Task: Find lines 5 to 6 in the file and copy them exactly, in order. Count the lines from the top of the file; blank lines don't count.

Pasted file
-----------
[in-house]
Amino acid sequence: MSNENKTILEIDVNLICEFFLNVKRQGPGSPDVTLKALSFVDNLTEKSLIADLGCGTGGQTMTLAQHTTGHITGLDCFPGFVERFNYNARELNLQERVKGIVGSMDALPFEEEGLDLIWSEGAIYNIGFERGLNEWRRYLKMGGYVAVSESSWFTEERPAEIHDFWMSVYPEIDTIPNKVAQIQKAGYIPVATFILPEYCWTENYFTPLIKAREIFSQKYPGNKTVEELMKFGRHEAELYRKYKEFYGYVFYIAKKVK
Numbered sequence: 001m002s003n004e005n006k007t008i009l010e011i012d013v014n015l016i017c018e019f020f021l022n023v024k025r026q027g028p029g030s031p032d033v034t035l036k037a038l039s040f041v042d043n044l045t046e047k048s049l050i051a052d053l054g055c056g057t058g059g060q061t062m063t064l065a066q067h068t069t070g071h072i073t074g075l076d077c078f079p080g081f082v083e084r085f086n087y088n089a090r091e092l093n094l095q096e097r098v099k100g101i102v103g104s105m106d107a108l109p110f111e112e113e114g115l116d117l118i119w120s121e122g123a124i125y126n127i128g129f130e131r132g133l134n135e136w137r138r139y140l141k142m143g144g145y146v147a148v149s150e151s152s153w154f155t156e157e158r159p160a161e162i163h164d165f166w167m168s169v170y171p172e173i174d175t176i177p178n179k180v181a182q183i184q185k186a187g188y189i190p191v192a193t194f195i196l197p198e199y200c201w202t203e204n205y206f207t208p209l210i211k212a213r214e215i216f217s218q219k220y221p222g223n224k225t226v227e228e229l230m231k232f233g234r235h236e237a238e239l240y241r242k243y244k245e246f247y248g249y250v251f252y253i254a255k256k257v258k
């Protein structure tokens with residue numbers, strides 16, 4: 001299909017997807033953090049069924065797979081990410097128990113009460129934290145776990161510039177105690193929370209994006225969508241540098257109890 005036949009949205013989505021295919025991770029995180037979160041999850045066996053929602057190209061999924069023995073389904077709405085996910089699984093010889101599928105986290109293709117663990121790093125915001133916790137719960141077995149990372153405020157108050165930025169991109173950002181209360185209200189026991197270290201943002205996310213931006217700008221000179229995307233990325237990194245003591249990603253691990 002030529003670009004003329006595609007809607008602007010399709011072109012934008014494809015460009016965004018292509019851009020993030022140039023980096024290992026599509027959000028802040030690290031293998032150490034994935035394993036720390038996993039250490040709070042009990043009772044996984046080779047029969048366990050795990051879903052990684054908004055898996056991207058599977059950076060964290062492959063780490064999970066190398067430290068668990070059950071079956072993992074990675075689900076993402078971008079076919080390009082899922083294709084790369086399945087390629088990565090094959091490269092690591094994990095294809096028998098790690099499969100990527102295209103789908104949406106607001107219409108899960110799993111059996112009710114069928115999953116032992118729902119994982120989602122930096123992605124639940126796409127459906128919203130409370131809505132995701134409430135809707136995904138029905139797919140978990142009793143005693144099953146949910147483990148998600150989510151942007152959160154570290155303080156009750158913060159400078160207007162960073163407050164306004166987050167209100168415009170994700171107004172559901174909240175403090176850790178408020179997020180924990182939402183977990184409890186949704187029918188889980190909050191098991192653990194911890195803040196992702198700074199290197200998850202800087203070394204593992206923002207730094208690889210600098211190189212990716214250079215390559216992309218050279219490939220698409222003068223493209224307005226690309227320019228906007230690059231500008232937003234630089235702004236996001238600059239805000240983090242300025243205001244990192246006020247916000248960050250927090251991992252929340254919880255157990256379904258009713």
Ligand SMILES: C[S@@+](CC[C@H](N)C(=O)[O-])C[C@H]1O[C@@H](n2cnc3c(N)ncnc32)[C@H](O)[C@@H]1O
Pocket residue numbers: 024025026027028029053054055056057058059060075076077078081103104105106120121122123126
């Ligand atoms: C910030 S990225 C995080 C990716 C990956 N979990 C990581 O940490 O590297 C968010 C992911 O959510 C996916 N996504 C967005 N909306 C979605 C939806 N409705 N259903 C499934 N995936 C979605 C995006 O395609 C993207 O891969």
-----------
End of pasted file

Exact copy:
Ligand SMILES: C[S@@+](CC[C@H](N)C(=O)[O-])C[C@H]1O[C@@H](n2cnc3c(N)ncnc32)[C@H](O)[C@@H]1O
Pocket residue numbers: 024025026027028029053054055056057058059060075076077078081103104105106120121122123126